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July 20, 1990 - Image 25

Resource type:
Text
Publication:
The Detroit Jewish News, 1990-07-20

Disclaimer: Computer generated plain text may have errors. Read more about this.

Jew-Gentile Marriages
Gain Wider Acceptance

BEN GALLOB

Special to The Jewish News

p

op culture, from
prime-time television
to "how to" books, has
helped legitimize intermar-
riage in America.
It also reflects the rapidly
widening acceptance of mar-
riage between Jew and gen-
tile in American society
generally and among
American Jews in par-
ticular, according to Steven
Bayme, director of the Jew-
ish Communal Affairs
Department of the American
Jewish Committee.
Bayme spelled out his
evaluation in a paper,
"Changing Perceptions of
Intermarriage," one of eight
on the subject published in
the Spring 1990 issue of the
Journal of Jewish Commu-
nal Service.
According to Bayme's
data, between 11,000 and
12,000 "Jews- by-choice"

The viewing public
includes Jews who
react with
trepidation to the
implications for
Jewish continuity.

enter the Jewish community
each year.
The Reform movement
converts about 8,000; the
Conservative movement
about 3,000 to 4,000; and the
Orthodox several hundred.
Currently, 87 percent of
Americans approve of inter-
faith marriages in contrast
to 20 years ago, when "only
60 percent of Americans ap-
proved such marriages,"
Bayme reported.
According to a mid-1960s
Boston survey, 25 percent of
the Jewish community
would "strongly oppose their
children's intermarriage
and 44 percent indicated
they would discourage it."
By 1985, only 9 percent of
Boston's Jews remained
strongly opposed to inter-
marriage, while two-thirds
indicated acceptance or
neutrality, Bayme reported.
Nevertheless, the
"danger" that intermar-
riage "may mean dissolution
of Jewish communal ties
haunts those concerned with
future Jewish survival," he
wrote.
Meanwhile, "a virtual cot-
tage industry of guidebooks
for intermarried couples has
arisen, each complete with

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helpful hints for making
interfaith marriages work
and with stories of successful
couples building happy and
healthy homes," Bayme
writes.
Among the books he cited
were The Intermarriage
Handbook, by Judy Petsok
and Jim Remsen, journalists
specializing in such mar-
riage developments. Bayme
said that both have led pro-
grams on intermarriage and
that the book, published in
1988, is in part an outgrowth
of their journalistic experi-
ences.

Another book is Raising
Your Jewish/Christian
Child, published in 1987 by
Lee Gruzen, a New York
journalist and television
producer; and But How Will
You Raise the Children by
Steven Reuben, a West
Coast Reform rabbi,
published in 1987.
Mixed Blessings, by Paul
and Rachel Cowan, was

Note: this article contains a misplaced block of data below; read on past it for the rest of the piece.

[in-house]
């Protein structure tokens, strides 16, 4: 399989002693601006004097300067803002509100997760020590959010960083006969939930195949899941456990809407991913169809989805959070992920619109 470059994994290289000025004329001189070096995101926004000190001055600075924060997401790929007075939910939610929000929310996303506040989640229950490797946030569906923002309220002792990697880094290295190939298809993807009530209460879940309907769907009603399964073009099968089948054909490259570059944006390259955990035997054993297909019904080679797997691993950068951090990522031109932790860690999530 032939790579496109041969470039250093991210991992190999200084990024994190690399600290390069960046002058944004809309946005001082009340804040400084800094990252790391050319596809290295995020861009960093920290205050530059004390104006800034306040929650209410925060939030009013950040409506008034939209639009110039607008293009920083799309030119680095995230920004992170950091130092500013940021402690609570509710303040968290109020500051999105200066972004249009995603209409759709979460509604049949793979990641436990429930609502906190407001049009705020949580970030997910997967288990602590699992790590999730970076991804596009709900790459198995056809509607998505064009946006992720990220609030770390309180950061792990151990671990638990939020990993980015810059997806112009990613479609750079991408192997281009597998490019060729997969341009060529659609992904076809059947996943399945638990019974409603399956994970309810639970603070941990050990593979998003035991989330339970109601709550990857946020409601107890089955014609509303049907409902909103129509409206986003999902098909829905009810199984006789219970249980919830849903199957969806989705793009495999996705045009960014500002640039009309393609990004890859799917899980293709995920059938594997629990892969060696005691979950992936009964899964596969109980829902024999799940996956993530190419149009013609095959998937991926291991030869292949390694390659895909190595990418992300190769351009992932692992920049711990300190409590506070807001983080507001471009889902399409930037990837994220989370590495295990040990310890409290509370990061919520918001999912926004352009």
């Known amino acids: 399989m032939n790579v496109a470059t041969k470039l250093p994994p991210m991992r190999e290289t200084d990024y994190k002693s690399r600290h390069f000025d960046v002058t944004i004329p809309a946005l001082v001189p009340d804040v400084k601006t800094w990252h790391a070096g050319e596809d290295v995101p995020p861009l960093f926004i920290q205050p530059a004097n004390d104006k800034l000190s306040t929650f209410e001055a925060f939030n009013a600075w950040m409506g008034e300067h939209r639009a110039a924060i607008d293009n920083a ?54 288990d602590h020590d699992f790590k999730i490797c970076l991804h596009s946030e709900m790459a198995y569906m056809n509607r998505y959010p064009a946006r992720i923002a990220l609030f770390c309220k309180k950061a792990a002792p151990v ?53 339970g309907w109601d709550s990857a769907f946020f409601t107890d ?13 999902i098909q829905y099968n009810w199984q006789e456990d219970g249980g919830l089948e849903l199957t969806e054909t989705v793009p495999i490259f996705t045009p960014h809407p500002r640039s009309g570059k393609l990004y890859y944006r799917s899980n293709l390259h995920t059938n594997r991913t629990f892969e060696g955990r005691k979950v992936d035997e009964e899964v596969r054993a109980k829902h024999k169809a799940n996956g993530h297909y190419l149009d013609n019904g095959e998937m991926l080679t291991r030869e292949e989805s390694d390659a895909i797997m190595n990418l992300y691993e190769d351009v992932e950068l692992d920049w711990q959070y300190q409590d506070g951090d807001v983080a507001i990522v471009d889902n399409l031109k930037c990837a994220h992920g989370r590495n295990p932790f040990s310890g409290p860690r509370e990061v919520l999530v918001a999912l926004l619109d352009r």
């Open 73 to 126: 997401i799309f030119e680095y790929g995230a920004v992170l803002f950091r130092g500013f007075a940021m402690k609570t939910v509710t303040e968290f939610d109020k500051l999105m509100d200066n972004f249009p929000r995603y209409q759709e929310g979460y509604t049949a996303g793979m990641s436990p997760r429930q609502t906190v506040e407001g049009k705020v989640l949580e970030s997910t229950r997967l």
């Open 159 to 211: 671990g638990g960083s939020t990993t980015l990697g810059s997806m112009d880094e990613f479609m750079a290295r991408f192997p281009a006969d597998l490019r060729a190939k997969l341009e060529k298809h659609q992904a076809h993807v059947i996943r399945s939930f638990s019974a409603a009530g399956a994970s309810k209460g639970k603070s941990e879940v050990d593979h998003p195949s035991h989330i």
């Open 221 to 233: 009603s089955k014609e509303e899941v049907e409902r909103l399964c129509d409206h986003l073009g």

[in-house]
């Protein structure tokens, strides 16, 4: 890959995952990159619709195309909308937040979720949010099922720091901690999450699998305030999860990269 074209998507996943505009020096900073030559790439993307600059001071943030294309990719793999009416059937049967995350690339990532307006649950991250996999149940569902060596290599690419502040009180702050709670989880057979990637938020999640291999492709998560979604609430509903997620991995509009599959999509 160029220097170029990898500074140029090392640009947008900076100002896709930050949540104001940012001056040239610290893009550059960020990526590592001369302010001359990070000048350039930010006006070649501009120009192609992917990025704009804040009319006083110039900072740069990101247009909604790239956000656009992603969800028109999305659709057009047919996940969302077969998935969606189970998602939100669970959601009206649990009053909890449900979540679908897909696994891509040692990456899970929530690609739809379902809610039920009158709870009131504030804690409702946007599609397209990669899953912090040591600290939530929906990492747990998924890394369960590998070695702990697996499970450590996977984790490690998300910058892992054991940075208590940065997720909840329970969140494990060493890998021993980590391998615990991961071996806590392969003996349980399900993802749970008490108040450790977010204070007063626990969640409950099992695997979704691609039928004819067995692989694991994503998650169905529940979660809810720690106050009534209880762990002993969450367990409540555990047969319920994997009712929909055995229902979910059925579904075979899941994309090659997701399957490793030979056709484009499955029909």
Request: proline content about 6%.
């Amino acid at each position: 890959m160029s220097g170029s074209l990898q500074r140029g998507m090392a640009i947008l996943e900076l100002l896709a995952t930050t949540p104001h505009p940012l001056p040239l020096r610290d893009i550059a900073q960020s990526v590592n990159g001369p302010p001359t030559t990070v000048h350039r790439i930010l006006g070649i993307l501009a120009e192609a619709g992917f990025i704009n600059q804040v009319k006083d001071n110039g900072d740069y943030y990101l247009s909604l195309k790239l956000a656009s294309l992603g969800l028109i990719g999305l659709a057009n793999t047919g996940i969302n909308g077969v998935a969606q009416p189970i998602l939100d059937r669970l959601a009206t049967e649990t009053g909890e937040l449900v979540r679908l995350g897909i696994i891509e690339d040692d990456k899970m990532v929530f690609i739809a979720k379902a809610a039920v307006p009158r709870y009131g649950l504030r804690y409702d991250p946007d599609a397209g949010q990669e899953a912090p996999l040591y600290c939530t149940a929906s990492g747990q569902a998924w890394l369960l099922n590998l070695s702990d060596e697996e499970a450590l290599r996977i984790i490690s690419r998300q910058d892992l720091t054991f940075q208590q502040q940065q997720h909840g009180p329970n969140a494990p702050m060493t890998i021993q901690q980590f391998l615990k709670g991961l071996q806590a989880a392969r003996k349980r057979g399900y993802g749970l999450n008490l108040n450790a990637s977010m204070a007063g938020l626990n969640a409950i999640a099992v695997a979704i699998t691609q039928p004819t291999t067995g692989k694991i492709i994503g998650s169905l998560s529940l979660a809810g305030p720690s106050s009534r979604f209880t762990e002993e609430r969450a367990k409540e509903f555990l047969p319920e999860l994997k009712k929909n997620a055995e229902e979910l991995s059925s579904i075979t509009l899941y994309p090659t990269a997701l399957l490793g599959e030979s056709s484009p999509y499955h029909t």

published in 1987. Rachel
was converted and has since
received ordination as a
Reform rabbi. Intermarriage,
by Susan Weidman
Schneider, editor of the in-
dependent Jewish feminist
magazine Lilith,was
published in 1989.
Television also, with its
enormous though imprecise-
ly measured impact on
viewers, has greatly chang-
ed the way it portrays
intermarriage.
Bayme recalled that in the
early 1970s, "Bridget Loves
Bernie" was assailed for its
portrayal of a successful
mixed marriage.
But now, in contrast, TV
networks present "several
attractive role models of a
successful intermarriage."
In "L.A. Law," for example,
Stuart Markowitz and Ann
Kelsey are two upwardly
mobile, intelligent and lib-
eral-minded exemplars of
intermarriage.
In the critically-acclaimed
series "thirtysomething,"
the Steadman couple — gen-
tile wife, Jewish husband —
has reached no decision on
how to raise their child, a
theme that symbolizes the
struggles and even the
failures of the "yuppie" ge-
neration, Bayme observed.
Two years ago, the Stead-
man family first confronted
the December dilemma —
Chanukah or Christmas,
menorah or tree, or both?
"In the end, the spirit of
reconciliation enables the
couple to resolve their prob-

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Elect Circuit Judge
Michael David Schwartz
to Court of Appeals

Endorsed By:

David Hermelin
Graham A. Orley
Joseph H. Orley
Marvin Berlin
Steven Kaplan

Mark Schlussel
Mickey Shapiro
Irving Nussbaum
Burt Rosen
Jerome L. Schostak

Hon. Jessica Cooper
Hon. Hilda Gage
Hon. Alice Gilbert
lion. Barry Howard
Hon. Edward Sosnick

Primary Election - Tuesday, August 7, 1990

Court of Appeals - District II: Arenac, Bay, Genesee, Gladwin, Huron, Ingham,
Lapeer, Macomb, Midland, Oakland, Ogemaw, St. Clair, Sanilac, Shiawassee & Tuscola

Paid for by the Committee to Elect Circuit Judge Michael D. Schwartz to Court of Appeals, Robert J. Kaufli n, Treasurer, 16911 Eastland. Roseville. MI 48066

THE DETROIT JEWISH NEWS 25

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